Prêt hypothèques privés en Ontario
juin 10, 2014 Read Time: 2 minutes

A private mortgage is a loan by a private entity (individual, corporation, partnership, etc.) that is secured by real property. Private mortgages may be used to secure existing debts, or they may be safe for new loans being advanced.

Institutional lenders are deemed to be sophisticated, as one of their primary business models is borrowing and lending of monies. There are a series of checks and balances in place to protect borrowers in the box of a standard institutional mortgage transaction. Private lenders on the other hand, as in the ordinary course of business, and as such may require additional advice with due diligence.

It is important to note that the role of your lawyer, who will be involved in the transaction, is not to provide business advice (ie, is the loan to ‘sound investment’?). Business decisions are made by the lender.

In 2008, the Province of Ontario passed the Mortgage Brokerages, Lenders and Administrators Act (the “Act”). The Act came into force on July 1, 2008 and it represents a major overhaul of the Mortgage Brokers Act. The Act added to a new licensing and regulatory regime for mortgage brokers, brokers, brokers and administrators who act as mortgage brokers in Ontario. The objective of the government of Ontario It provided a series of new protections for borrowers. Section 4 of the Act requires the parties to carry out business as long as they are registered under the Act and to hold a valid brokerage license. The section of the section (ie, in the business of mortgage lending).

Below I have outlined that you should be sure that you will be able to do this. This list is not comprehensive, and it is advisable to consult with each other.

  1. Loan / Mortgage documentation – having a solid loan agreement is of paramount importance. This document is intended to be used in the context of lending (ie, interest rate, term, maturity date …), the security to be provided, representations and warranties of the parties and so on. This is always the first step in the process.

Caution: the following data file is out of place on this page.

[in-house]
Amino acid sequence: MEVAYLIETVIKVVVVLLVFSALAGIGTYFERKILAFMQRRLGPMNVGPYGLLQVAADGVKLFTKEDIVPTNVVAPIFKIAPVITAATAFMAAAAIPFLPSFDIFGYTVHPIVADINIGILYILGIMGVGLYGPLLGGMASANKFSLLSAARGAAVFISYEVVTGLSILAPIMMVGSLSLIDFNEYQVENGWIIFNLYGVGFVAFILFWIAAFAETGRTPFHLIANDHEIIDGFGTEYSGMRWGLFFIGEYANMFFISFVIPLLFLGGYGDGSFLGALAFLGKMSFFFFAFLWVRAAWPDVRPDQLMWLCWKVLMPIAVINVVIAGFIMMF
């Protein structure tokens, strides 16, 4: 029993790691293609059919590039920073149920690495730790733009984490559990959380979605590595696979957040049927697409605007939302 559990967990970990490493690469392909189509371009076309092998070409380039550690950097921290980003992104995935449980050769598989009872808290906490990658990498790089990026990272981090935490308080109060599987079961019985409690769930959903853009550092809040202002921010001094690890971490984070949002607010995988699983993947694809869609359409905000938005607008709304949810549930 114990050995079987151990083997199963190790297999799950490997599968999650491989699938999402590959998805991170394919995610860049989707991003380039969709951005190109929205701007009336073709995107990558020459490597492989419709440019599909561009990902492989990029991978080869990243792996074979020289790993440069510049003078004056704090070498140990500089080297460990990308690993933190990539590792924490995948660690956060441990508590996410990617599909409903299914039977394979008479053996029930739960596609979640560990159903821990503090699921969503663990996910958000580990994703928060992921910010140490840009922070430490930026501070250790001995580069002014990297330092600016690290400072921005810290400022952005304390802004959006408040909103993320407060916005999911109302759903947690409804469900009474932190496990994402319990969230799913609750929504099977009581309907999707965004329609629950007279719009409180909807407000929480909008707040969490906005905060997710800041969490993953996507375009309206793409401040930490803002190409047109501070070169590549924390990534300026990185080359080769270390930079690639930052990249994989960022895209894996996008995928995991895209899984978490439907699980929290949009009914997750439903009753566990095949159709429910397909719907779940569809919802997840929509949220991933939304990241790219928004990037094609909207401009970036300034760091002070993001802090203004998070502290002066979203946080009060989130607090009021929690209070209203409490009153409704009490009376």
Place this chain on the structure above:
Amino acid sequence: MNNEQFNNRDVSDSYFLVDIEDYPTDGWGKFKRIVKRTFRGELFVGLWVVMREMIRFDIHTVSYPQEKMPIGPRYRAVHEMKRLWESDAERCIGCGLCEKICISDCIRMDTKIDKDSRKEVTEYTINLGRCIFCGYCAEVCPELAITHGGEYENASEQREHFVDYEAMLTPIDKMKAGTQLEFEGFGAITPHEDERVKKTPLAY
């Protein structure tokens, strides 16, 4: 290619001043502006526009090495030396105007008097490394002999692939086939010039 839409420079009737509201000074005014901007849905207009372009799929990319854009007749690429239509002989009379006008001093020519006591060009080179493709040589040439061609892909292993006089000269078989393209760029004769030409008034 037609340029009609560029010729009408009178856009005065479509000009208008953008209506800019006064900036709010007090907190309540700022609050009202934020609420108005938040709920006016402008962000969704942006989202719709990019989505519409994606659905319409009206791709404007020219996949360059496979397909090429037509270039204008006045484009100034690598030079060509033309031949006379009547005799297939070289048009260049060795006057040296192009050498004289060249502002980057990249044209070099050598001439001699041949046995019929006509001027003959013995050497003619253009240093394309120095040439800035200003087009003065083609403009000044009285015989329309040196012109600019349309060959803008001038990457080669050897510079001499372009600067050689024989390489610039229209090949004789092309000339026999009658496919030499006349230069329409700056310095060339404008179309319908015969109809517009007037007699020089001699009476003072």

2. Additional covenants – are you satisfied with the borrower’s covenant to repay the loan? What steps have you taken to investigate the borrower’s covenant? Do you need any other loan?
  3. Value of the assets – you must satisfy yourself on the value of the asset. This is normally done by way of an appraisal. The ratio of loan to value is important. It will provide the lender with some protection in the event market values ​​decline during the loan. It will also provide some room for the accumulation of costs and the debtors will be required. Other matters where the property is an asset producing property.
  4. Due diligence on physical nature of the assets – this would include such investigations as well as reporting, inspection, environmental studies, fire code compliance, etc …
  5. Title and off-title de diligence matters. These investigations typically include title searches, zoning inquires, work order searches, tax certificates, electrical safety authority compliance, etc.

Any party involved in a private mortgage must ensure that their interests are protected.

For more information on this subject, please contact a member of our Real Estate Group or call 613-238-8080.

This content is not intended to provide legal advice or opinion as neither can be given without reference to specific events and situations. © 2021 Nelligan O’Brien Payne LLP.

Service: Droit immobilier

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